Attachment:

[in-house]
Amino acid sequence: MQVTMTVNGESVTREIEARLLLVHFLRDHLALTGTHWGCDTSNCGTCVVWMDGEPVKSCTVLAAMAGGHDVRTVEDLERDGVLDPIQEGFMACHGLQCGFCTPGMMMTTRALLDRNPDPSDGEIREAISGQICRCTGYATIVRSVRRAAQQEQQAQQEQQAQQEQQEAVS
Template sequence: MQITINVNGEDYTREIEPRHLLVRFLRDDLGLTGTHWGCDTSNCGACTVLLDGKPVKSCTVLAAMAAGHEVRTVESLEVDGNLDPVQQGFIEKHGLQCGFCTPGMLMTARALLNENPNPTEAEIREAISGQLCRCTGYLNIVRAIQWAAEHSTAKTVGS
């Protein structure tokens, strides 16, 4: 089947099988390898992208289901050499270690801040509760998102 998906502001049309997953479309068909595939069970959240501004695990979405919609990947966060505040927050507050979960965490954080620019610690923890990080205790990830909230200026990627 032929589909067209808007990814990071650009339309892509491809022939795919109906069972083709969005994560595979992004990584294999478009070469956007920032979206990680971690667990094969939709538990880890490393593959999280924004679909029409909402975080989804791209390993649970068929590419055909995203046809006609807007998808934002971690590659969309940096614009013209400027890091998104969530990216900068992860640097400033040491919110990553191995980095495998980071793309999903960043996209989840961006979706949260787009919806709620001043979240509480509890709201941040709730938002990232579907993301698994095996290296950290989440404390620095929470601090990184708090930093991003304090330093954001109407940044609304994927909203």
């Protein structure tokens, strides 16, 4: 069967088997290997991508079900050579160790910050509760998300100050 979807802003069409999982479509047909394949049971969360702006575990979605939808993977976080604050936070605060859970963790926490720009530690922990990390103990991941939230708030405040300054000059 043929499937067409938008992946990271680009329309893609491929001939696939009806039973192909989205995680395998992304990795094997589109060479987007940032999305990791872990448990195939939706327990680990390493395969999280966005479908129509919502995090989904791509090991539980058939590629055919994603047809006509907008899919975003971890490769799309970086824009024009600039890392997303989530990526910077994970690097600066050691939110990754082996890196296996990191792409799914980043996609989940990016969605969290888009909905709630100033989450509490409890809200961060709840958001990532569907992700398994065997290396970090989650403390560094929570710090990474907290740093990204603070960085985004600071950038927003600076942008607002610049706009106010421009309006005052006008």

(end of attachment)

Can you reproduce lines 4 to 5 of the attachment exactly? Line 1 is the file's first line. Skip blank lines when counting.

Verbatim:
């Protein structure tokens, strides 16, 4: 089947099988390898992208289901050499270690801040509760998102 998906502001049309997953479309068909595939069970959240501004695990979405919609990947966060505040927050507050979960965490954080620019610690923890990080205790990830909230200026990627 032929589909067209808007990814990071650009339309892509491809022939795919109906069972083709969005994560595979992004990584294999478009070469956007920032979206990680971690667990094969939709538990880890490393593959999280924004679909029409909402975080989804791209390993649970068929590419055909995203046809006609807007998808934002971690590659969309940096614009013209400027890091998104969530990216900068992860640097400033040491919110990553191995980095495998980071793309999903960043996209989840961006979706949260787009919806709620001043979240509480509890709201941040709730938002990232579907993301698994095996290296950290989440404390620095929470601090990184708090930093991003304090330093954001109407940044609304994927909203």
């Protein structure tokens, strides 16, 4: 069967088997290997991508079900050579160790910050509760998300100050 979807802003069409999982479509047909394949049971969360702006575990979605939808993977976080604050936070605060859970963790926490720009530690922990990390103990991941939230708030405040300054000059 043929499937067409938008992946990271680009329309893609491929001939696939009806039973192909989205995680395998992304990795094997589109060479987007940032999305990791872990448990195939939706327990680990390493395969999280966005479908129509919502995090989904791509090991539980058939590629055919994603047809006509907008899919975003971890490769799309970086824009024009600039890392997303989530990526910077994970690097600066050691939110990754082996890196296996990191792409799914980043996609989940990016969605969290888009909905709630100033989450509490409890809200961060709840958001990532569907992700398994065997290396970090989650403390560094929570710090990474907290740093990204603070960085985004600071950038927003600076942008607002610049706009106010421009309006005052006008």